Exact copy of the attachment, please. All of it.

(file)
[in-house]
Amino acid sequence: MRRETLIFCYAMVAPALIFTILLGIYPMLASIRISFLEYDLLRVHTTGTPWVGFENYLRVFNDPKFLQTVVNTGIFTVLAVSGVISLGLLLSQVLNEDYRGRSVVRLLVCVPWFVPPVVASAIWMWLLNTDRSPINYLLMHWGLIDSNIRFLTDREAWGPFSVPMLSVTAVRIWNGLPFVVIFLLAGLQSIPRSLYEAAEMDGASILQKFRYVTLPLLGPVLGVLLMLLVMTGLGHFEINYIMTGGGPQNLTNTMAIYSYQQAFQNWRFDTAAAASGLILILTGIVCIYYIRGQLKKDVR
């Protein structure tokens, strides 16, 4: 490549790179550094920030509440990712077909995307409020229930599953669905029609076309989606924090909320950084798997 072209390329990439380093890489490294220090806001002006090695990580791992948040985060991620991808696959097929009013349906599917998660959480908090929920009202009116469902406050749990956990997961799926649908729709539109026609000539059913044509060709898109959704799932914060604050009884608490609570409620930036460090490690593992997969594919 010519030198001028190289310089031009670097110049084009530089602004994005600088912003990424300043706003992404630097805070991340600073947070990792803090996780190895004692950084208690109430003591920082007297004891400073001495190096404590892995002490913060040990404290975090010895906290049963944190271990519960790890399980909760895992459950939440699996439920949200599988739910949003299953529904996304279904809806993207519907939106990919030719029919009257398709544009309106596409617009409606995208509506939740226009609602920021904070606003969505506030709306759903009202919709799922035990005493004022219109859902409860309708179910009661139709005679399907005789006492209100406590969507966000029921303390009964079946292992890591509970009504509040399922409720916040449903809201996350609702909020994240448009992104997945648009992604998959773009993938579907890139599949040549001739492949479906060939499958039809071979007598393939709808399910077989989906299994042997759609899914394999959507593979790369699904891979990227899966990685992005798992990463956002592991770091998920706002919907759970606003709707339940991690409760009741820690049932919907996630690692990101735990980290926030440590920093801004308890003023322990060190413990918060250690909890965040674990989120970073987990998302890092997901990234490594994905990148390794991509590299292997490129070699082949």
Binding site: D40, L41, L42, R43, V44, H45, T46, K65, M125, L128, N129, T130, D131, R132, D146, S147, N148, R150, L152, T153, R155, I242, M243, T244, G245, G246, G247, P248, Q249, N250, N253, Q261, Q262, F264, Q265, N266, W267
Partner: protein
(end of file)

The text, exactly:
[in-house]
Amino acid sequence: MRRETLIFCYAMVAPALIFTILLGIYPMLASIRISFLEYDLLRVHTTGTPWVGFENYLRVFNDPKFLQTVVNTGIFTVLAVSGVISLGLLLSQVLNEDYRGRSVVRLLVCVPWFVPPVVASAIWMWLLNTDRSPINYLLMHWGLIDSNIRFLTDREAWGPFSVPMLSVTAVRIWNGLPFVVIFLLAGLQSIPRSLYEAAEMDGASILQKFRYVTLPLLGPVLGVLLMLLVMTGLGHFEINYIMTGGGPQNLTNTMAIYSYQQAFQNWRFDTAAAASGLILILTGIVCIYYIRGQLKKDVR
């Protein structure tokens, strides 16, 4: 490549790179550094920030509440990712077909995307409020229930599953669905029609076309989606924090909320950084798997 072209390329990439380093890489490294220090806001002006090695990580791992948040985060991620991808696959097929009013349906599917998660959480908090929920009202009116469902406050749990956990997961799926649908729709539109026609000539059913044509060709898109959704799932914060604050009884608490609570409620930036460090490690593992997969594919 010519030198001028190289310089031009670097110049084009530089602004994005600088912003990424300043706003992404630097805070991340600073947070990792803090996780190895004692950084208690109430003591920082007297004891400073001495190096404590892995002490913060040990404290975090010895906290049963944190271990519960790890399980909760895992459950939440699996439920949200599988739910949003299953529904996304279904809806993207519907939106990919030719029919009257398709544009309106596409617009409606995208509506939740226009609602920021904070606003969505506030709306759903009202919709799922035990005493004022219109859902409860309708179910009661139709005679399907005789006492209100406590969507966000029921303390009964079946292992890591509970009504509040399922409720916040449903809201996350609702909020994240448009992104997945648009992604998959773009993938579907890139599949040549001739492949479906060939499958039809071979007598393939709808399910077989989906299994042997759609899914394999959507593979790369699904891979990227899966990685992005798992990463956002592991770091998920706002919907759970606003709707339940991690409760009741820690049932919907996630690692990101735990980290926030440590920093801004308890003023322990060190413990918060250690909890965040674990989120970073987990998302890092997901990234490594994905990148390794991509590299292997490129070699082949």
Binding site: D40, L41, L42, R43, V44, H45, T46, K65, M125, L128, N129, T130, D131, R132, D146, S147, N148, R150, L152, T153, R155, I242, M243, T244, G245, G246, G247, P248, Q249, N250, N253, Q261, Q262, F264, Q265, N266, W267
Partner: protein